It’s time Rhode Islanders get serious about the threat climate change presents to property, roads and outdated drainage systems, says Grover Fugate, executive director of the R.I. Coastal Resources Management Council.
Though there are plenty of skeptics, sea-level rise and extreme weather are signs that business, community and state leaders can’t afford to ignore, say Fugate and other environmental leaders.
“We have to get businesses and community and state leaders to discuss the risks and the potential solutions,” said Fugate, at a meeting of the Rhode Island Bays, Rivers and Watersheds Coordination Team at the Statehouse on Jan. 8. The meeting served as an update for about 50 legislators and state leaders on the R.I. Shoreline Change Special Area Management Plan, called Beach SAMP, a four-year project launched in April 2013.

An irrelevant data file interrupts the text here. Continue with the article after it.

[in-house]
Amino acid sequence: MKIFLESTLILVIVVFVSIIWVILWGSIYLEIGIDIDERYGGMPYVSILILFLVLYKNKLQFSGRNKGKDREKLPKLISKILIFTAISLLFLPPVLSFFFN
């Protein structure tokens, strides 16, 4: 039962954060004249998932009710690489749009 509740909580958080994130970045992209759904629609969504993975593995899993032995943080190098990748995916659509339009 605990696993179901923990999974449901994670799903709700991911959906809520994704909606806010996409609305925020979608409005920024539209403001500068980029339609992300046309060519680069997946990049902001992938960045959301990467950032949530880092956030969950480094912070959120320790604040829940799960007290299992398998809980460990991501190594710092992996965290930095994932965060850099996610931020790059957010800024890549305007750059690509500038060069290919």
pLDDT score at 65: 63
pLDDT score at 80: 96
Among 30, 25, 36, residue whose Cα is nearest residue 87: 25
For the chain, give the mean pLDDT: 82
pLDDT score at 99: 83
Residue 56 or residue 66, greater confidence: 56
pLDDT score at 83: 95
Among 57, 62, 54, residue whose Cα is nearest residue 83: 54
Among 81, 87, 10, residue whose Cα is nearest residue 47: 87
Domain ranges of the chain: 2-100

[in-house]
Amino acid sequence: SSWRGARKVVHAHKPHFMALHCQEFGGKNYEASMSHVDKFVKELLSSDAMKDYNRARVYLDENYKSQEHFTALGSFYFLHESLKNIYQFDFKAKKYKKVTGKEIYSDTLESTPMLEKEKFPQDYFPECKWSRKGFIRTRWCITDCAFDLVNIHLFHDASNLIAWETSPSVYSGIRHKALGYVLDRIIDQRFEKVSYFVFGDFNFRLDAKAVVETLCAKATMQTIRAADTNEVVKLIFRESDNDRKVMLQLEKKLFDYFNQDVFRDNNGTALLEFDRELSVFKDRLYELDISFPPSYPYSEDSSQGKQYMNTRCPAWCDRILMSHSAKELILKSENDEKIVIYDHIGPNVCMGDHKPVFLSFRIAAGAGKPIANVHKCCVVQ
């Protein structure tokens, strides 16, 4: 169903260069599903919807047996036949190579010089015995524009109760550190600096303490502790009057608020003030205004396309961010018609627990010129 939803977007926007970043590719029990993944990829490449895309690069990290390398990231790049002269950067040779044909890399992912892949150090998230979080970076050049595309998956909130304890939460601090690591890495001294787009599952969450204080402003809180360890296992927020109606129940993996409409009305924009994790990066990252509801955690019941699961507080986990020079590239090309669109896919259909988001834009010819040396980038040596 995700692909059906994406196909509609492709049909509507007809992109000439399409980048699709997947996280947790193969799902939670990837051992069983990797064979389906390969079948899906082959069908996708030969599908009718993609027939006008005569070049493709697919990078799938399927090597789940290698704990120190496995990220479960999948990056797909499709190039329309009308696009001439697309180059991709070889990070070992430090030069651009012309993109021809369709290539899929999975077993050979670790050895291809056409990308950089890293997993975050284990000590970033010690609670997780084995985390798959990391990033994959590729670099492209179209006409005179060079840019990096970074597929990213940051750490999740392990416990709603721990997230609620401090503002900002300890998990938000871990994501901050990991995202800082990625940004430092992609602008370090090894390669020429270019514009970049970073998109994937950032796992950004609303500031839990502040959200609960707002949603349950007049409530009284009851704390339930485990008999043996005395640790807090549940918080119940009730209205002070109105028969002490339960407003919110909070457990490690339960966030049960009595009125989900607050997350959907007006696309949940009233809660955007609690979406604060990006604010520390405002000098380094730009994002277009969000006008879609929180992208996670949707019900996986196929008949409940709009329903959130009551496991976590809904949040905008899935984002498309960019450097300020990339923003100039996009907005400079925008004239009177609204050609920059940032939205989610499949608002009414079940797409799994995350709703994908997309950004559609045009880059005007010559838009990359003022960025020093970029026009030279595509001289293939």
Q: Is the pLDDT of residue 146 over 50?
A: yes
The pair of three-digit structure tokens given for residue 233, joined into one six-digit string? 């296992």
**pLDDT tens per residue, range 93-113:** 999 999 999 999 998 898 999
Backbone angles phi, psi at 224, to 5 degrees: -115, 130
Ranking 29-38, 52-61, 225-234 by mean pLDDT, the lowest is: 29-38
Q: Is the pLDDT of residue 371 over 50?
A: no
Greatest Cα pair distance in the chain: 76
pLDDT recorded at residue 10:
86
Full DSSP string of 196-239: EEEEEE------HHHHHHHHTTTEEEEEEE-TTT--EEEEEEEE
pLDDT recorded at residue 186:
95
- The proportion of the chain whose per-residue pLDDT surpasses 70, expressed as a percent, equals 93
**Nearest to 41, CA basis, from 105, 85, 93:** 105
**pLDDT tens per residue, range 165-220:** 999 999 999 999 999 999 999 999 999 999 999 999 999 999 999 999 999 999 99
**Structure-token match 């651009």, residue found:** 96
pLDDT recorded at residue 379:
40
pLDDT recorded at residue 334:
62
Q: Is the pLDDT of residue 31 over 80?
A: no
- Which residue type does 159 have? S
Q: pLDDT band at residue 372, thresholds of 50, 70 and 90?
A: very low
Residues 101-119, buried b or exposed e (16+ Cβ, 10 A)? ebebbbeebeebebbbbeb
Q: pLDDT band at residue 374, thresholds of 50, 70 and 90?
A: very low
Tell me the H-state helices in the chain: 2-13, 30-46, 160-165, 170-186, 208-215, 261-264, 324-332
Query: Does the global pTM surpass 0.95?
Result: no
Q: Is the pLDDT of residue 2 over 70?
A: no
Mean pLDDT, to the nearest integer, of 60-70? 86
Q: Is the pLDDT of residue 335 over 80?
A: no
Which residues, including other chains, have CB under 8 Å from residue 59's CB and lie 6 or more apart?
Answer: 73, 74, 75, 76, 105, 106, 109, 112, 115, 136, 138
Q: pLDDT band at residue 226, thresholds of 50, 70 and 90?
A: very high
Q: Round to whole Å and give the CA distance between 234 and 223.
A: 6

While work on the SAMP is ongoing, the meeting primarily served as a call to action.
“We’d like to see businesses begin to make assessments of their structures and see if they’re capable of withstanding these intense storms,” Fugate said.
Whether Rhode Island’s business community is taking the climate change warnings seriously depends on which business you talk to.
“I’ve worked in the marine industry for more than 40 years and as far as the science, I think we are undergoing climate change,” said Tom Johnson, who was vice president of business development for Senesco Marine in North Kingstown for more than five years until he retired in December. “You can’t alter things as much as the industrial world as done without some ramifications.
“But I think climate change is way back on the list of things businesses have to deal with because it’s such a slow-moving event,” said Johnson.
“I haven’t noticed any sea-level rise in 40 years,” said Bill Munger, owner of Conanicut Marine Services in Jamestown.